The third phase of this project involved the decentralizing of health facilities, which were starchly underequipped. The commune recently constructed a community health center, showing promising bottom-up action within Mali. Other organizations are helping out to create sustainable progress in development, including Groundswell International.

Furthermore, farmers and processors in Mali have been working together to increase the presence of Misola flour to combat malnutrition. During processing, vitamins and minerals are added to the flour, targeting those with nutritional deficiencies. 

A 2012 study published in the Journal of Nutrition and Metabolism found that Misola can help rehabilitate undernourished children and help those with depressed immune systems. “The porridge made from the flour allows for a nutritional transition from breast milk to traditional solid food,” Fernand Rolet, co-President of the Misola Association, said. 

Overcoming Child Malnutrition Globally

Rwanda provides a prime example that overcoming child malnutrition is possible. The nation, which has a similar wealth level to Mali, has made progress in lowering malnutrition levels. A 2015 Comprehensive Food Security and Vulnerability Access Report found that the level of stunting in young children dropped seven percent from three years prior. In Rwanda, the World Food Programme has been largely active, supplying food assistance such as providing meals for thousands of primary school children.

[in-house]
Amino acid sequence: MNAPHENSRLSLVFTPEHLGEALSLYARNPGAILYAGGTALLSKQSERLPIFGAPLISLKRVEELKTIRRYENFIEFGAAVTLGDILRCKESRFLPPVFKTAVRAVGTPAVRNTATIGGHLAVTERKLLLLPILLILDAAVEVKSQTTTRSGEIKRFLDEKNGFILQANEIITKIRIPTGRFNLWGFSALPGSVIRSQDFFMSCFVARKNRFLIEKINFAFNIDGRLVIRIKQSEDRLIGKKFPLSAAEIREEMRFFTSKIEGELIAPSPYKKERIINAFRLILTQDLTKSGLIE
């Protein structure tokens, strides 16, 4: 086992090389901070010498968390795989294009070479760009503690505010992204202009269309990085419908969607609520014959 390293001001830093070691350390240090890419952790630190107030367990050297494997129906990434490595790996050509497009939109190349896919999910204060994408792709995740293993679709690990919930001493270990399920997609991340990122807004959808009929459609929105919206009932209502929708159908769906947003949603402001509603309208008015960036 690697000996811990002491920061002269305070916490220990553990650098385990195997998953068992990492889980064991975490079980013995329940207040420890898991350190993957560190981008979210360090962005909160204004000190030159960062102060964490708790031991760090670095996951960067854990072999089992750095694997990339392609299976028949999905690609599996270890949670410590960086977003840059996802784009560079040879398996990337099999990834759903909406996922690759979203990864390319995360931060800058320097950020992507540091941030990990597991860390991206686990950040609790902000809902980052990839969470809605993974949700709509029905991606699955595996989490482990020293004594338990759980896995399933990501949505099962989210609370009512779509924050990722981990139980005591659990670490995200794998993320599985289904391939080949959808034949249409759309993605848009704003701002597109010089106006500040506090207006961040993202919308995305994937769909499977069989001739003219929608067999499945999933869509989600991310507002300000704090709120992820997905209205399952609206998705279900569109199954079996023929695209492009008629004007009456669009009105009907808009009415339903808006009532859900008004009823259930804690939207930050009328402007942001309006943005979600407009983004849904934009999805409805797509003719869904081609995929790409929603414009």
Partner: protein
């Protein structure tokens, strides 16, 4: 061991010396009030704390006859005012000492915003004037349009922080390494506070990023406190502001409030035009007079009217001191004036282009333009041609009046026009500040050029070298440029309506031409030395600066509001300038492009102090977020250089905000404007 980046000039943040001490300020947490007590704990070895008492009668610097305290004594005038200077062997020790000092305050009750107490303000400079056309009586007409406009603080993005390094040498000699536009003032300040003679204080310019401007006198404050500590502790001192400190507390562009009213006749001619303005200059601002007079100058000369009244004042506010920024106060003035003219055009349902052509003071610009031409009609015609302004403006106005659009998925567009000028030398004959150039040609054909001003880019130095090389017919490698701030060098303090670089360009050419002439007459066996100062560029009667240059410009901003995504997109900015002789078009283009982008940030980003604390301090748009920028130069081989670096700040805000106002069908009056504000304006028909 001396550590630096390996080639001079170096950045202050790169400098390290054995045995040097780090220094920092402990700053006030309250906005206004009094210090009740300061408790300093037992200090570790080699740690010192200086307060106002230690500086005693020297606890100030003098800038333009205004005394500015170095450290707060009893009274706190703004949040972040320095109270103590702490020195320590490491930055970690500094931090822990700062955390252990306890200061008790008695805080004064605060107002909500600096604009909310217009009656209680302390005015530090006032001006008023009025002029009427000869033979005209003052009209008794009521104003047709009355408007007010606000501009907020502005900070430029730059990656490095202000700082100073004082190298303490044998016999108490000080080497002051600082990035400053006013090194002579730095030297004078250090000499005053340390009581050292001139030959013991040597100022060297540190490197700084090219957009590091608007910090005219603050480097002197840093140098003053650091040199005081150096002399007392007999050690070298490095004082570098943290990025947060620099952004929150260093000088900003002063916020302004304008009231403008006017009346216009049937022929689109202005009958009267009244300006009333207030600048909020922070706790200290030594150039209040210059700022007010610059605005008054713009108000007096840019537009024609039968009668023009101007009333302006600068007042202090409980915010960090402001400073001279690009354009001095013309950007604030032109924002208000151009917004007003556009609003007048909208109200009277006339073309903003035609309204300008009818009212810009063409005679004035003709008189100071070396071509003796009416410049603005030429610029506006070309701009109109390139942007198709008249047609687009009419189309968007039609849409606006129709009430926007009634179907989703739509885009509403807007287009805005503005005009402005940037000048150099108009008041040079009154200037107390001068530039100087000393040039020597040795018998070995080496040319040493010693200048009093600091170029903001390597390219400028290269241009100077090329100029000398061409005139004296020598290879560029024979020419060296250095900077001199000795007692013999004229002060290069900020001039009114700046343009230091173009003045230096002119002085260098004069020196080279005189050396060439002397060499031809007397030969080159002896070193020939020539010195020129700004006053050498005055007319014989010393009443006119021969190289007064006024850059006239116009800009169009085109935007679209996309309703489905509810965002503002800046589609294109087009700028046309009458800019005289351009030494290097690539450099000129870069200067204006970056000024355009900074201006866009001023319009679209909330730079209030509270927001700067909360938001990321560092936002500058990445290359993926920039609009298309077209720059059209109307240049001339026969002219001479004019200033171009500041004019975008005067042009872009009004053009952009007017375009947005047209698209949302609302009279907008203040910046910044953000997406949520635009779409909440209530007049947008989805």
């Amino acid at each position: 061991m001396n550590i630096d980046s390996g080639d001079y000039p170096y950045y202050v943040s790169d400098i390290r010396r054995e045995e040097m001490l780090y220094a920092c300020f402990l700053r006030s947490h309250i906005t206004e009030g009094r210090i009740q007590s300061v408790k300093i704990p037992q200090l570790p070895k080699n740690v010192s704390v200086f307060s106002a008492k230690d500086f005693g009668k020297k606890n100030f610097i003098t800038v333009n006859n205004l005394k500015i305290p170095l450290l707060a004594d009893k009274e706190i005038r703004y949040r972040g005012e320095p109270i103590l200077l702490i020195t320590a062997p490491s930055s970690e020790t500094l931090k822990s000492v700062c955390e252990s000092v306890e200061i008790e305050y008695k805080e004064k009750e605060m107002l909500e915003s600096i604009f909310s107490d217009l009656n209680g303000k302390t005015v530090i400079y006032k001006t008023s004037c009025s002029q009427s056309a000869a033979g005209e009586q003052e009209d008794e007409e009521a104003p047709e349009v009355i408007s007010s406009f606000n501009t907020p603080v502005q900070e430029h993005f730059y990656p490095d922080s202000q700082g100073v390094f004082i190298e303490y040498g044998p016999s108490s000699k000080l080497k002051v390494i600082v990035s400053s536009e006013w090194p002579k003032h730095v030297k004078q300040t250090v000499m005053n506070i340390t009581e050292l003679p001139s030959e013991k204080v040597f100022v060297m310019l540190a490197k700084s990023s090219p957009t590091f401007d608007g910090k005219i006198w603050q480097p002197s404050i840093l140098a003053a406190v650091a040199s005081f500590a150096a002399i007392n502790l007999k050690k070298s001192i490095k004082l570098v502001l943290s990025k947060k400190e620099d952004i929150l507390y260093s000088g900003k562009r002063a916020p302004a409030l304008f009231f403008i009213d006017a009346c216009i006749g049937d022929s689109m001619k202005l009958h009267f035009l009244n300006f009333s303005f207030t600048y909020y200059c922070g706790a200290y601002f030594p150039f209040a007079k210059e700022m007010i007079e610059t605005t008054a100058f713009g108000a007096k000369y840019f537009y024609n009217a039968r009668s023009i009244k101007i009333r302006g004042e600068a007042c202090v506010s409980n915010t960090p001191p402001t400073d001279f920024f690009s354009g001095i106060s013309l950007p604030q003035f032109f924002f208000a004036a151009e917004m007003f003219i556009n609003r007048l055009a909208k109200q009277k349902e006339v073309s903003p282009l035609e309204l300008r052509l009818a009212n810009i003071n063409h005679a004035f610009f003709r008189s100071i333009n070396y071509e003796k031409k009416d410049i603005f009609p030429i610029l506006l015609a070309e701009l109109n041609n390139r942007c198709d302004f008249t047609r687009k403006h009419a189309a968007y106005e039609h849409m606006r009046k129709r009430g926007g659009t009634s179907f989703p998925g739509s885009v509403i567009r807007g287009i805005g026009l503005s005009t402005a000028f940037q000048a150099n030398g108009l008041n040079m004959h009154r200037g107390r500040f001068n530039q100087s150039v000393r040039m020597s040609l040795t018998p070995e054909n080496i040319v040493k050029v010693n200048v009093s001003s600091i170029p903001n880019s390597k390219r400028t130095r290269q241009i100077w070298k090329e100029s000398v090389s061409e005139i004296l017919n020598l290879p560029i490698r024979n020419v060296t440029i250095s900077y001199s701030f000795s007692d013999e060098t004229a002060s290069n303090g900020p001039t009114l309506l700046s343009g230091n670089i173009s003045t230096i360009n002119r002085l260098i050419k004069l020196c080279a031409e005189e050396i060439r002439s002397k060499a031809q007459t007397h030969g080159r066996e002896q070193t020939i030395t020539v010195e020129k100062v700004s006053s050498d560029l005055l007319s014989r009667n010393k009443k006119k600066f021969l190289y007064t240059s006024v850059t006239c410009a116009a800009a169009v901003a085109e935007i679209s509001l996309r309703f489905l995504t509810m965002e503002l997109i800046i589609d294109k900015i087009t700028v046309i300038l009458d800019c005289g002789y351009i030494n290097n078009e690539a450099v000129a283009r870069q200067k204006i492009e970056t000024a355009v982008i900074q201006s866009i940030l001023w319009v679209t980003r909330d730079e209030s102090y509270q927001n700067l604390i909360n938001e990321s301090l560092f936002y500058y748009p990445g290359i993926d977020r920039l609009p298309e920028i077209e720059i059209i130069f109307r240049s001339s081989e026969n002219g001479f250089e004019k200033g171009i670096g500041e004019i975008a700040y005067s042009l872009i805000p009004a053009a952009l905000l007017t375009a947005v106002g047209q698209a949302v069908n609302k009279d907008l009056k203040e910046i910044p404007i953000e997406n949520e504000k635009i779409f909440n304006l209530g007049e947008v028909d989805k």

Combating malnutrition is an ongoing struggle, especially in Africa. Due to poor economic conditions and food scarcity, malnutrition continues to take the lives of thousands of children in Mali each year. Although citizens have founded programs to improve child nutrition and the issue is on humanitarian aid organizations’ radars, it is clear that more effort is needed to eradicate the problem. With continued efforts, child malnutrition in Mali will begin to decline.

– Isabel Bysiewicz
Photo: Flickr

Reduce Malnutrition in AngolaThe first 1,000 days in a child’s life are crucial to their nutritional development throughout life. Children lacking nutrition experience growth stunts, muscle loss, communicable diseases, inability to keep up with school work and weight gain as they age. Unfortunately, quality nutrition is hard to find in Central Africa. If left unaddressed, an intergenerational cycle of poor nutrition, illness and poverty can continue. Some organizations, however, are teaming up to reduce malnutrition in Angola.

Organizations Partnering Up

Angola is among the top 40 most poverty-stricken countries in the world. Basic causes of malnutrition include limited access to resources such as land, education, income, and technology. Food uncertainty, unstable home environments and lack of health services are also challenges for healthy nutrition. 

While malnutrition in Angola might seem grim, several organizations are collaborating around the world with Sub-Saharan Africa to help reduce malnutrition in Angola:

  1. The U.N. Children’s Emergency Fund (UNICEF)
  2. National Directorate of Public Health
  3. World Health Organization
  4. Global Alliance for Vaccines
  5. World Food Programme